It was actually a pretty good, one might almost say ‘standard’, Test. Not particularly close, but not a blowout and a couple of sessions of negative bowling by England aside there was always something to watch. I don’t think either side will be too happy with the Test, however. England will be happy to have won, but did not ever seem to really play as well as they should and have a lot on which to work before the Trent Bridge Test on Friday. The West Indies overperformed, but if one had not expected them to be hammered one would probably not say they played particularly well, though it is a mark of how much they overperformed that one would also not say they played particularly poorly and certainly played as well as any average side would be expected to. They will also be disappointed to have lost.

As mentioned on a previous day, England’s bowling in this Test was at best average and at worst poor. Even with the standard caveats of good batting by Chanderpaul; a flat pitch and not a lot of swing, one would have to say that England need to improve. Jimmy was certainly off his best, despite bowling better than his figures suggested. Broad bowled well, but was rather flattered by his figures. Bresnan was simply poor and Swann did not get a chance to feature heavily, but managed to get the prize wicket of Chanderpaul as well as the important one of Bravo in the second innings. I think they will improve, however. One of the problems was that, as far as I know, none of them had more than one or two county matches in which to prepare. I think Jimmy especially needs more than the one match he got to really find his rhythm for the summer. The same, to a lesser extent, applies to Broad as well and although he was good in this Test I think he will be better in the next one. I think, however, that Bresnan needs some more time with Yorkshire. He has not looked quite the same since he returned from injury and I think he just needs more time in the middle with bat and ball. We have enough bowling depth to play Finn and/or Onions for the rest of this series. In hindsight (and this is not meant as a criticism because it was not as clear before the match) Onions should have played in this Test where the conditions would have been very well suited to him.

The West Indies need to work on their running between the wickets. A lot. They lost wickets in both innings to horrible mix-ups and could (arguably should) have had the Chanderpaul-Samuels partnership broken by one in the second innings. As important as that is, they also need to improve their batting in general. As mentioned above their performance was not in any way poor, but that does not mean that it does not need improvement. Especially in the first innings they still lost wickets to injudicious shots and the dismissal of Sammy in the second is almost cause enough to strip him of the captaincy. They did not collapse the way they could have (and did at home) and now their task is to build on that and improve. In the field they need to work on sustaining pressure. I never thought they were going to win today, but they did not put up much of a fight after dismissing KP. Even before then the field setting was odd (a problem we saw in Australia too) and there were always runs on offer. Despite losing two early wickets and being 57-4 (though one of those was a nightwatchman), England scored 121 runs in the morning session. It was a rate one would normally associate with well set batsman going effortlessly, not fighting through a difficult first hour. There was some poor bowling, only Roach was going really well, but a lot of very poor captaincy from Sammy. The field placing was terrible and the decision to bring the part time spinner on to bowl to Ian Bell was baffling.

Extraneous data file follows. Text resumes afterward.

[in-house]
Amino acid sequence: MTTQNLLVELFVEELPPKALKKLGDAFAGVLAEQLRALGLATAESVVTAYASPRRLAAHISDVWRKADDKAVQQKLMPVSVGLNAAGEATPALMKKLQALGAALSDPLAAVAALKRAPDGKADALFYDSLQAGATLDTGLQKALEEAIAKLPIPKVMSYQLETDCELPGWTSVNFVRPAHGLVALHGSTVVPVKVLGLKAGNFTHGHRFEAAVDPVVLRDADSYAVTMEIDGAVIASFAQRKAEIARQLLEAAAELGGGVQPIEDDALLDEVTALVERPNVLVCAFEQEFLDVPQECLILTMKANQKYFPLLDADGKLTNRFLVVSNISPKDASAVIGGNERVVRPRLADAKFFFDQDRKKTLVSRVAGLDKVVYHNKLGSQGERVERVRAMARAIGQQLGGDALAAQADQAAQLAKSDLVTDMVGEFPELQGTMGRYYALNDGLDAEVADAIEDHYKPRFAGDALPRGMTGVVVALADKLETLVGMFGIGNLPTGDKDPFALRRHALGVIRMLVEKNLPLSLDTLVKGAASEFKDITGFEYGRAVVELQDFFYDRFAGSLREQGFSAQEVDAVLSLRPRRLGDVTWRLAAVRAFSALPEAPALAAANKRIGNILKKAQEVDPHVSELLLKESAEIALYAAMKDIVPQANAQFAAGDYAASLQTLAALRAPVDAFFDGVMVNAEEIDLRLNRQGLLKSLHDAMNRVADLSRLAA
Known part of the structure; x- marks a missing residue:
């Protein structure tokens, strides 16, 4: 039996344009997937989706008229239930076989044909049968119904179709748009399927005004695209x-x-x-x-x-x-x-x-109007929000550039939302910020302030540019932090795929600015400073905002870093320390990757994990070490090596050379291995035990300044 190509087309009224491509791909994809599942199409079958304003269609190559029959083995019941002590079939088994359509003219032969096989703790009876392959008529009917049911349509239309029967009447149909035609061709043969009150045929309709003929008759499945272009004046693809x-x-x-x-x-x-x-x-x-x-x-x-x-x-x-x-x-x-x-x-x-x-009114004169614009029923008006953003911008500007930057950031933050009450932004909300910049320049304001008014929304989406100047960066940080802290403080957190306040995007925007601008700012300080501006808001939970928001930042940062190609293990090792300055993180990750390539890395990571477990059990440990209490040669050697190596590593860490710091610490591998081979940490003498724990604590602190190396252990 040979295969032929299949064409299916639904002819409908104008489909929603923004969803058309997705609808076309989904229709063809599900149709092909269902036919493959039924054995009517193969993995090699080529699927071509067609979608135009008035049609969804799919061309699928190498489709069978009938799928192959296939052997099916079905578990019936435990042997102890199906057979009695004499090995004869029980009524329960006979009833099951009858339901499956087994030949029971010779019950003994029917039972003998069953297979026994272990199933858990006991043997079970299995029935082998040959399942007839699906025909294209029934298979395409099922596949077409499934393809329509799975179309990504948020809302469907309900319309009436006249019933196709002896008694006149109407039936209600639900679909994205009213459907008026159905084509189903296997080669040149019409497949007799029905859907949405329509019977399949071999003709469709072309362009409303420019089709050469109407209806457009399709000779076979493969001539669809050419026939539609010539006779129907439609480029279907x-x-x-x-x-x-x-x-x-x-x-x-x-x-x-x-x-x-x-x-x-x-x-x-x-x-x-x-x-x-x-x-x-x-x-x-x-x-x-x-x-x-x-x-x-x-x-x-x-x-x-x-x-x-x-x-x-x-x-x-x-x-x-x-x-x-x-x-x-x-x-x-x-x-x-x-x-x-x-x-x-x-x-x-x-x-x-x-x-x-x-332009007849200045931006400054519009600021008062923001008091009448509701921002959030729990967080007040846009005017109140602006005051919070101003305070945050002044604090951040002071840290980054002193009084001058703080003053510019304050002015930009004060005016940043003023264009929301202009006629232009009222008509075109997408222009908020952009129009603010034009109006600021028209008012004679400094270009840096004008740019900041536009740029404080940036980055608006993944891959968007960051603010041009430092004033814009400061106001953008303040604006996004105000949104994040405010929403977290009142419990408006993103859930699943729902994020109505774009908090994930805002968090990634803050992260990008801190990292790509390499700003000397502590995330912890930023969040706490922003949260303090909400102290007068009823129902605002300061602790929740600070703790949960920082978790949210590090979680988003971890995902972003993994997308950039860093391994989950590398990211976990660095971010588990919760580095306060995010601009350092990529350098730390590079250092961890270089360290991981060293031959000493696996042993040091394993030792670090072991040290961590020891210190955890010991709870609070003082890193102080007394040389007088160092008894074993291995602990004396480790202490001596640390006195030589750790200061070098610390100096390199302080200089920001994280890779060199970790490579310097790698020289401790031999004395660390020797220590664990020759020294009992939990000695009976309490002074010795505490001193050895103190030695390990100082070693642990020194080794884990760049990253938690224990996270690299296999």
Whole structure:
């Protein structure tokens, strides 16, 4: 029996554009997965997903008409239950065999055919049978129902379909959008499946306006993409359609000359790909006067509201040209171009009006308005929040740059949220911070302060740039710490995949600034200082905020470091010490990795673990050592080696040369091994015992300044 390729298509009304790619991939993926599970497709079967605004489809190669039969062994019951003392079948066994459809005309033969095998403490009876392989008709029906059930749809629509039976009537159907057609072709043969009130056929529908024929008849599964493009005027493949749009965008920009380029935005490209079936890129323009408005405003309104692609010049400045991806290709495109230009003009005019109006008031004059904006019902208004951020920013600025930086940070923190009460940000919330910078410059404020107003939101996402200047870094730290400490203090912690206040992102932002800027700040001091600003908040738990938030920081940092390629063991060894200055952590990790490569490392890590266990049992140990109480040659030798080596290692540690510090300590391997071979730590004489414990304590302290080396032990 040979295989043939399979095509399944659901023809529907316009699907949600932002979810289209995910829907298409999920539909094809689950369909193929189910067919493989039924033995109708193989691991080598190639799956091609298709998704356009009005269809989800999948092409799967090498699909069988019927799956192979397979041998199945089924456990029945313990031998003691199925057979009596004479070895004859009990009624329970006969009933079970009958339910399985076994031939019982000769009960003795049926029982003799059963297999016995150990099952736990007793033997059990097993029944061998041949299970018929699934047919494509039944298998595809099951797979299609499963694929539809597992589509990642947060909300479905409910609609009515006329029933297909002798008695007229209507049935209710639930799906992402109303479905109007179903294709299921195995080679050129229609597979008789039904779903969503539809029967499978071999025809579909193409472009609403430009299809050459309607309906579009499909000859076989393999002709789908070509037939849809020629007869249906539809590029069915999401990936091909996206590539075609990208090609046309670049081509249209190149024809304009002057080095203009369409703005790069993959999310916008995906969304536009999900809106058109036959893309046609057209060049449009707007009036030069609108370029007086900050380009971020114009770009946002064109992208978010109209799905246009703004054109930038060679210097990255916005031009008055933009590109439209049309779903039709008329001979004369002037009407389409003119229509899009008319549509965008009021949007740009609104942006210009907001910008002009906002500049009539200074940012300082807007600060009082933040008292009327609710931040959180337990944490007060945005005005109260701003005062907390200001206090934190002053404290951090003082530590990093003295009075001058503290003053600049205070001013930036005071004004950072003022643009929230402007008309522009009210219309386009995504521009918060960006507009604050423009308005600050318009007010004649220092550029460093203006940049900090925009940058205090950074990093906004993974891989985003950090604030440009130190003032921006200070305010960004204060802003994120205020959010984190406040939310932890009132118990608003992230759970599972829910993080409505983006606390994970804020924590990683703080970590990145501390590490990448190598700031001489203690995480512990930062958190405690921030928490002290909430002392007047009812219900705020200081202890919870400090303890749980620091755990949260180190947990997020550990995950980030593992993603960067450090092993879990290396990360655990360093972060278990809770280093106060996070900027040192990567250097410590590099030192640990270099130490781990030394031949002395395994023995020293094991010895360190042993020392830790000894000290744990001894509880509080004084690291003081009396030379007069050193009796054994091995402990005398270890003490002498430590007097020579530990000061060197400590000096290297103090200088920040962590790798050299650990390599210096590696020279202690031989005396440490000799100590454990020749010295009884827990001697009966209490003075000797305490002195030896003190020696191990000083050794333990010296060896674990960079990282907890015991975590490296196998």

Looking ahead to Trent Bridge, I think both teams ought to make changes. England should bring in one of Finn or Onions for Bresnan. Right now I would lean toward Finn, but that is without seeing the conditions. If it is a relatively quick wicket then I would certainly prefer Finn’s pace and bounce, though if it is slow then Onions’ ability to bowl at the stumps and move the ball in the air might be preferable. That should be the only change; whilst Bairstow only made 16, he did so comfortably and deserves another go. The West Indies must bring in a proper spinner this time. Samuels might buy a couple of wickets, but we already saw Bell take him apart. Shillingford will presumably replace one of the quicks and I suspect it will be Gabriel, as promising as the debutant looked. It is worth noting, however, that Roach appeared to have a slight ankle problem. There is also an outside chance that Edwards will be dropped after being wayward once again. It would be a gamble to ask Gabriel to lead the attack, however. The bowler who probably should be replaced is Sammy, but as the captain that will not happen.

The ball will almost certainly swing more at Trent Bridge than it did at Lord’s and it will be interesting to see if the West Indies can continue their fight. I may have mentioned it already, but in 2007 the West Indies batted very well at Lord’s before rain intervened. They then went to Headingley and lost by an innings and 283 runs, though there were some extenuating circumstances. I think the next Test will be more of a challenge for them than this one was; England will have likely improved and the conditions will be tougher. Weather permitting, England can expect to win. Whether the West Indies can make another good Test of it will tell us a lot about the nature of their improvement.